July 10 2014

Communities in the Amazon Use Solar Power to Watch the World Cup

Isolated communities in the interior of the Amazon are now able to watch the games of the World Cup, especially to support the Brazilian team, which is something that was unthinkable for decades. The community of the Sobrado in the city of New Airão, is an example. Villagers were fortunate enough to watch the opening game of the national team, and were able to celebrate Brazil’s victory. In the words of Professor Daniele Sena, “Never could we imagine we’d have these happy moments. The Light for All program is providing an improved quality of life, advances in education, internet access and the possibility of continuous access to information.

The Community gathers to watch the World Cup on televisions powered by solar power.

The project, developed by the Federal Government, is called the Light for All Program (LPT) and uses cells that capture solar energy and convert it into electrical energy. The program also has mini networks for energy distribution, remote metering and a function for billing with a prepayment system.

In total, 12 mini plants were implanted in the cities of New Airão in the Metropolitan Region of Manaus: Autazes, Barcelos, Beruri, Eirunepé and Maués. Currently, all systems are in good working order. The winner of the contest consortium is composed of the firms of Guascor and Kyocera. Approved by the Ministry of Mines and Energy (MME), the project is currently the only running program that uses renewable energy resources generated by the Light for All Program. This is an innovative pilot project to generate electricity in isolated communities by measuring potential commercial revenue, and is the first project of this kind to be approved by the MME and Eletrobras.

The system is designed to support two days without capturing sunlight. Moreover, it is modular, meaning that where there is an increased demand for energy, a new block generator can be installed in the distribution system, allowing for an increase in electricity consumption caused by the development community.

In order for the prepay system to work, consumers buy a ticket with a number printed on it at the nearest grocery store, which entitles them to 30 kW / h for R $5.70 at market price. Then the consumer must enter the number on the meter and calculate the amount of residential use that will be consumed. “When you miss a certain number of kW / h, which is set for the end of the account, the system alerts you with beeps and a blinking light on the meter, enabling the consumer to buy more credits without interrupting the power supply,” Geraldo Vasconcelos explains, one of the engineers of Eletrobras Amazonas Energia, who developed the project.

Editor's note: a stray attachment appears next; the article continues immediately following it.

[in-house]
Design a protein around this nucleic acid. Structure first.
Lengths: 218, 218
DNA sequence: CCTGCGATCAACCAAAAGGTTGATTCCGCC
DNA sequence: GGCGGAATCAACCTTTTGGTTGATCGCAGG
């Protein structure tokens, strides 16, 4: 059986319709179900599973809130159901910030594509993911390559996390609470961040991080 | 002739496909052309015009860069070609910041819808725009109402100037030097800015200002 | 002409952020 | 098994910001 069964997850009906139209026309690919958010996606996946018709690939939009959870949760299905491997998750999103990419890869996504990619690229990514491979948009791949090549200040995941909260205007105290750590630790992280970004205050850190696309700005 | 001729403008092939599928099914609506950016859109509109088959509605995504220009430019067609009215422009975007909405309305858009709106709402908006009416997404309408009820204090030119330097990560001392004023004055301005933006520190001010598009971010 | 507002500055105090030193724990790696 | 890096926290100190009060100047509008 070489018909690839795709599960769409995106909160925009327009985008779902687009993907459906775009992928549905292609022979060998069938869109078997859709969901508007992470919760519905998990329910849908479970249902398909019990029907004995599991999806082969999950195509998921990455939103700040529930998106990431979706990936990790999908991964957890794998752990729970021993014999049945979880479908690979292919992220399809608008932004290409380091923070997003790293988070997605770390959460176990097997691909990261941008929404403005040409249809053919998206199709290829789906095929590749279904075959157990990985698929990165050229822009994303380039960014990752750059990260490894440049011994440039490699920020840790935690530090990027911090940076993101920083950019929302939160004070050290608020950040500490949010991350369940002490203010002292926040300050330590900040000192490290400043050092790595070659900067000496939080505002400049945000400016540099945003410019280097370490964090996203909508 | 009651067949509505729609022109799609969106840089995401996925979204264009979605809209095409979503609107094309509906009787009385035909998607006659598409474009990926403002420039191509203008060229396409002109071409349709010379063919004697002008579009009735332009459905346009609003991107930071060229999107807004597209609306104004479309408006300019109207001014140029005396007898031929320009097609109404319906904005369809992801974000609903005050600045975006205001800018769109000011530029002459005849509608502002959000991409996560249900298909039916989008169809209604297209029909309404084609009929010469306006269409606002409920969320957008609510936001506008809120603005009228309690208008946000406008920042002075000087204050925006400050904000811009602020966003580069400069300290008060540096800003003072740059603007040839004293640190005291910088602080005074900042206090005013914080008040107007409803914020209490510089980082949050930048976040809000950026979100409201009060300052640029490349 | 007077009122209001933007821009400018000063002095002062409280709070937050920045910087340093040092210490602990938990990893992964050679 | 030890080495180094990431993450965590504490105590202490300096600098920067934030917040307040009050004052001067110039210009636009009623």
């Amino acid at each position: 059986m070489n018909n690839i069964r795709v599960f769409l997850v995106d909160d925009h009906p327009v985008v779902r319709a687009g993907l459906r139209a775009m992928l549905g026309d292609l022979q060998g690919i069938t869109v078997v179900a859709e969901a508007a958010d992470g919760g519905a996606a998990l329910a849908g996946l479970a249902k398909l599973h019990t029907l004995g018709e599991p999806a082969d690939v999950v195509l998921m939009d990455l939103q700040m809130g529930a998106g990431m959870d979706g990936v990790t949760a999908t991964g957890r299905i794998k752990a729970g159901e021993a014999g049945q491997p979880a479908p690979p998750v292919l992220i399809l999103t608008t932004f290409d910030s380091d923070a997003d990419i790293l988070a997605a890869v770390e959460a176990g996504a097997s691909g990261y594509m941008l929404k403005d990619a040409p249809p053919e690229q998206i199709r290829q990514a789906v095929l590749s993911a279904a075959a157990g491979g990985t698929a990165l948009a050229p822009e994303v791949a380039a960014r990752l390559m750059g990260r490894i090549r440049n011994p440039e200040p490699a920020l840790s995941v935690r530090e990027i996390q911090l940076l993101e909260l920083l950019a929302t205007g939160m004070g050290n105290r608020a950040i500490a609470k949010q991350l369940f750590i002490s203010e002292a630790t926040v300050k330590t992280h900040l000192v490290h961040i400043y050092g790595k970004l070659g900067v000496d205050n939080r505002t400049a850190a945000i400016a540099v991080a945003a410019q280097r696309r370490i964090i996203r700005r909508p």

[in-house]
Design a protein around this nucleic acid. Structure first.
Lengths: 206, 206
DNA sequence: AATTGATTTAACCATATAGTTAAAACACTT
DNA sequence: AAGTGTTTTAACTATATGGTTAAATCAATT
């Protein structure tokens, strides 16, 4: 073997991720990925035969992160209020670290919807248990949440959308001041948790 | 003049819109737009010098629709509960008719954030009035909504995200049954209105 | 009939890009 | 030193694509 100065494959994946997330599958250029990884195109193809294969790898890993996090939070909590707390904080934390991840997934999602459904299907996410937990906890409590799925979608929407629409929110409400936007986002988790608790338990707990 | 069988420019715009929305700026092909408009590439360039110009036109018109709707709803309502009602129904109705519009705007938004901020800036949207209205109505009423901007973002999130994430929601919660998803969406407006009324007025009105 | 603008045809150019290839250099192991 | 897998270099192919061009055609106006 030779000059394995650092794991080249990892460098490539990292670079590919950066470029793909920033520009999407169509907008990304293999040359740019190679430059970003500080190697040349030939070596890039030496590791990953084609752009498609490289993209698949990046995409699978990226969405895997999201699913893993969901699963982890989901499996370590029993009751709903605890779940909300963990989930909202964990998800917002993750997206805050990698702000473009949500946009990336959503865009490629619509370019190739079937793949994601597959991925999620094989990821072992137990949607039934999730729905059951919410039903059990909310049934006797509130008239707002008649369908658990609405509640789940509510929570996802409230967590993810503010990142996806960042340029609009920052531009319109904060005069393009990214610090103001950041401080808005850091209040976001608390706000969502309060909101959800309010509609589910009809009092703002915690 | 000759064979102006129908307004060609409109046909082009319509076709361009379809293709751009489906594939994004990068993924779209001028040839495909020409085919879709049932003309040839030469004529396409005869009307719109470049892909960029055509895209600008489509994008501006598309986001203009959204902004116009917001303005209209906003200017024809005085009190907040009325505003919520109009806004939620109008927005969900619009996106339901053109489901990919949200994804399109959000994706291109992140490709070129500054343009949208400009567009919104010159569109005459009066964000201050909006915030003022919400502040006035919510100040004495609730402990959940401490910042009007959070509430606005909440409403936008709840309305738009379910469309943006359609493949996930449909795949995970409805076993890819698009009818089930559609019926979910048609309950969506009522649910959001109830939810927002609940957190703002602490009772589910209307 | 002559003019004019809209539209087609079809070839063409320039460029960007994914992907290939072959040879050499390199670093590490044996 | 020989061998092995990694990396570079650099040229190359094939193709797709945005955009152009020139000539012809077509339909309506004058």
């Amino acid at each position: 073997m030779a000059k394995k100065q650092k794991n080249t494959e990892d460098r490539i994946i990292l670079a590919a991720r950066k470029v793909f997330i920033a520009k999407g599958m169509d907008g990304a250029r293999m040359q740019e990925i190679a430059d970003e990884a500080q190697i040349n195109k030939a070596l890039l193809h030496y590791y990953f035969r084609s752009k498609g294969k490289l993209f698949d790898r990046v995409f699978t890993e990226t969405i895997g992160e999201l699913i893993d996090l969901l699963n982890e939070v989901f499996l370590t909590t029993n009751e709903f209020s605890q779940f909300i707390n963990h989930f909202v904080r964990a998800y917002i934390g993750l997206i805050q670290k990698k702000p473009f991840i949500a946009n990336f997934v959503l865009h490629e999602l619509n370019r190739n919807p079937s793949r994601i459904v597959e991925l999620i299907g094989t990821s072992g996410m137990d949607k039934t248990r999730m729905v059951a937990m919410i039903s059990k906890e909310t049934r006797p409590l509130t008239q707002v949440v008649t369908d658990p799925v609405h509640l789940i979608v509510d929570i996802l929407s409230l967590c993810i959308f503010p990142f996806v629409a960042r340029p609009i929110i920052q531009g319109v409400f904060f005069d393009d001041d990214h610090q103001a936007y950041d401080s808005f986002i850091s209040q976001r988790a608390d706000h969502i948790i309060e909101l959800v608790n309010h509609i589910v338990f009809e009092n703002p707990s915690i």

An example of another solar energy project in Brazil.

At the home of Mr. José Ferreira, the whole family gathered to watch the game and cheer for the victory of Brazil. “It is wonderful to enjoy this event. We are very happy to be able to enjoy the benefits of electricity. Sometimes we have specific technical problems that are readily communicated to the Amazonas Energia and the technicians help us according to their capabilities. The important thing is that now we are watching the game and are able to show our support to the Brazilian team,” he celebrates.

Does your community use solar power to provide electricity?

Original article, originally published in Portuguese, can be found here.

Credits: Images and data linked to sources.

Nora Lamm

Originally from Albuquerque, New Mexico, Nora grew up surrounded by the varied architectural styles and geographies of the Southwest U.S. After graduating from Middlebury College with a B.A. in Latin American Studies and Geography, Nora moved to Washington, D.C. to work in the affordable housing industry. After studying Portuguese and Spanish and traveling in the southern cone of South America, Nora is looking forward to providing the readers and followers of The Grid with translations of Brazilian blogs that provide the most insightful and local perspectives related to environmental design.

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This entry was posted on Thursday, July 10th, 2014 at 9:55 am and is filed under Community/Economic Development, Energy, Engineering, Environment, Environmental Design, Technology. You can follow any responses to this entry through the RSS 2.0 feed. You can leave a response, or trackback from your own site.


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